Flagpost is a blog on current issues of interest to members of the Australian Parliament
France recently became the first major European economy to legislate a Digital Services Tax (DST), resulting in the following response on Twitter from US President, Donald Trump.
This Flagpost discusses the broader implications of France’s actions and Australia’s current position on a DST.
In the lead up to the next federal budget and election campaigns, issues of tax are likely to again come to the fore of public debate. An important element of the debate relates to the more than $95bn in expected taxes coming from company and resource rent taxes.
The information contained in the Australian Taxation Office’s (ATO) publication of the Corporate Tax Transparency Report provides some insight into the amount of tax paid by the largest companies operating in Australia. Read more...
The Treasury Laws Amendment (Lower Taxes for Small and Medium Businesses) Bill 2018 (the new Bill) was introduced into the House of Representatives on 16 October 2018. The new Bill seeks to implement the Government’s announcement of 11 October 2018 that it would bring forward by five years the implementation of tax cuts for small and medium sized incorporated businesses with annual turnover of less than $50 million per annum. The changes would mean that small and medium businesses will face a corporate tax rate of 25 per cent from 1 July 2021, rather than 1 July 2026.
The most material change made by the Treasury Laws Amendment (2018 Measures No. 1) Bill 2018(the Bill) is to strengthen the rules for the remittance of GST on the sale of new properties. The change aims to reduce the risk of non-remittance arising from sellers being deliberately liquidated in order to escape their liabilities to creditors, employees or to the Australian Taxation Office (ATO), before re-forming as a new legal entity, a practice known as ‘phoenixing’ (see ATO). Read more...
Following the announcement regarding the new policy framework set out in the ‘Road Map for Ireland’s Tax Competitiveness’ as published in October 2014, the Irish government declared on 13 October 2015 that from next year it would cut the corporate tax rate to 6.25 per cent from the existing 12.5 per cent for revenues tied with companies’ patents and certain intellectual property (IP).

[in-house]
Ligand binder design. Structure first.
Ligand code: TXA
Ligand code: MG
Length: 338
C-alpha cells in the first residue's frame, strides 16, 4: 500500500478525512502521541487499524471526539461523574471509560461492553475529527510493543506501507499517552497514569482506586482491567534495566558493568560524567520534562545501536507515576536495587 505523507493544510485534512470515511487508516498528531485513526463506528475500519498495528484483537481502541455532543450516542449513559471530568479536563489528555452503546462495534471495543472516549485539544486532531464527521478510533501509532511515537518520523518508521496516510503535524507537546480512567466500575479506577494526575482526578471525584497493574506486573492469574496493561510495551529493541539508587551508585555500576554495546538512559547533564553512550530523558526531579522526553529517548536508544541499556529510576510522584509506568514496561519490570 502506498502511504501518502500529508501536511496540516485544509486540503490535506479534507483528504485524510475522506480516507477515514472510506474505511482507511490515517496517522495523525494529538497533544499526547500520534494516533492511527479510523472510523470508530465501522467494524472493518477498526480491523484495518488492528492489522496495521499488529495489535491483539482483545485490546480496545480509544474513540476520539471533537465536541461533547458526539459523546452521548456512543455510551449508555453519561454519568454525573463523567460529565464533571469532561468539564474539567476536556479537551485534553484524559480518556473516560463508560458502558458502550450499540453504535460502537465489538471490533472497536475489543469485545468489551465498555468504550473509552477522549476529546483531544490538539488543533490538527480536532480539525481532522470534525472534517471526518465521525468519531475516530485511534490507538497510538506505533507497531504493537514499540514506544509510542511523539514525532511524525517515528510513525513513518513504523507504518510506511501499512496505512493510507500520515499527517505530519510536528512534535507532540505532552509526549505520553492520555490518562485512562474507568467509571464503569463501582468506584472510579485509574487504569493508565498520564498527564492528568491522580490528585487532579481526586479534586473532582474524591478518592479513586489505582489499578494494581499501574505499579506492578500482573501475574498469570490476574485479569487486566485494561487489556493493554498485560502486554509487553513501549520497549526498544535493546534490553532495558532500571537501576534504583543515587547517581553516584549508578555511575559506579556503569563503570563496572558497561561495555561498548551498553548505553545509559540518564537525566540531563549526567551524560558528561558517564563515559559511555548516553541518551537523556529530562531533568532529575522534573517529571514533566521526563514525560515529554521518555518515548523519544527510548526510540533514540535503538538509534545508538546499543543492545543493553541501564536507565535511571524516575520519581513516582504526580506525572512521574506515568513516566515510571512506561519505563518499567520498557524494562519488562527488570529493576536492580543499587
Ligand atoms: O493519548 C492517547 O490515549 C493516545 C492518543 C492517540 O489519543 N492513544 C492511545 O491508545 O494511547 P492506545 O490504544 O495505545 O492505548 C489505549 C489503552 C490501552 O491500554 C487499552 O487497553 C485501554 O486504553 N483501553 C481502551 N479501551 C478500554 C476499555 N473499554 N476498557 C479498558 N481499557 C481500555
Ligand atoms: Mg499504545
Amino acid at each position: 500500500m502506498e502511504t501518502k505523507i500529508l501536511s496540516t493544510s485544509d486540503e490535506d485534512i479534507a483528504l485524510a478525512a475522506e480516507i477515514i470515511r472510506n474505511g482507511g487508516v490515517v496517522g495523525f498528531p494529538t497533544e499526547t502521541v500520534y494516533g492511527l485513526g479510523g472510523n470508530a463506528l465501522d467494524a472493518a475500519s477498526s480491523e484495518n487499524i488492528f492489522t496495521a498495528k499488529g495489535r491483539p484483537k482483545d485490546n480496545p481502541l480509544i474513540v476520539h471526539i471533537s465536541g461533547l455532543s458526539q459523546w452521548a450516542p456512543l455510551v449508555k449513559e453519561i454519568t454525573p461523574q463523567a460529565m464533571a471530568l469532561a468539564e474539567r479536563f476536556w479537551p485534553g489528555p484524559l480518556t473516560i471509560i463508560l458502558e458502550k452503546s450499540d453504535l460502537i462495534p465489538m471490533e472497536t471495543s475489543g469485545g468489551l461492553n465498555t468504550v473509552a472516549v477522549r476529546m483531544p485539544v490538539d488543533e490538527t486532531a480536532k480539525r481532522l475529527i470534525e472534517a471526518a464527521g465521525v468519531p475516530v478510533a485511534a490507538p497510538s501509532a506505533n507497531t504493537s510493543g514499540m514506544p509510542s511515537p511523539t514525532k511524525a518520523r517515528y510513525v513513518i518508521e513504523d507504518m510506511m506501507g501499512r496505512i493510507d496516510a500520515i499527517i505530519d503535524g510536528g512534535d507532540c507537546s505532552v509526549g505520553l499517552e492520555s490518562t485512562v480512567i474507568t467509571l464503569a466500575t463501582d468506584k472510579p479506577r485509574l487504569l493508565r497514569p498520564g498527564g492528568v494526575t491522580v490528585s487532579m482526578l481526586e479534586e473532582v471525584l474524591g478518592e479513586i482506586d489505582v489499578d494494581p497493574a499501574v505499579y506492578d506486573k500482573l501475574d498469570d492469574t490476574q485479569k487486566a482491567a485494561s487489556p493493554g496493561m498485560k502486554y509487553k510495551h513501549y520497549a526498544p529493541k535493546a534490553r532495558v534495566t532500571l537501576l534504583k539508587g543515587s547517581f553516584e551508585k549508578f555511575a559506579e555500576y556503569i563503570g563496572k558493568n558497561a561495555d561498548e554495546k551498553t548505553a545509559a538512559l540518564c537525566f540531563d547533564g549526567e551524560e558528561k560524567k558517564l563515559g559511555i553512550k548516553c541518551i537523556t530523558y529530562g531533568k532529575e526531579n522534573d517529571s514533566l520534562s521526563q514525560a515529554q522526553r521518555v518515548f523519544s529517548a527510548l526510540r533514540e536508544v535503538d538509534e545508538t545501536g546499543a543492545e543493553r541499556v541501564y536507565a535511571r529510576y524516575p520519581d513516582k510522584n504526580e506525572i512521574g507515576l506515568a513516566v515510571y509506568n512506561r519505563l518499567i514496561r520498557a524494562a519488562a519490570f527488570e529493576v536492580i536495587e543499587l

The Treasurer has recently foreshadowed the introduction of specific tax arrangements modelled on the UK’s recently announced Diverted Profits Tax (DPT) which has been referred to as the Google Tax.
Recently a number of countries, including Australia, have focused their tax policy on tax avoidance by multinational companies operating in their territory. This follows substantial work undertaken by the Organisation for Economic Cooperation and Development (OECD) in this area, several inquiries by national Parliaments, a non-government organisation report on Australian companies’ use of tax havens and increased amounts of public comment stemming from the work ... Read more...
In October, the Senate referred an inquiry into corporate tax avoidance (the Inquiry) to the Senate Economic References Committee (the Committee). The Inquiry will examine tax avoidance and aggressive minimisation by multinational companies operating in Australia. Public submissions close on 2 February 2015, and the Committee will report in June 2015. Read more...
House of Representatives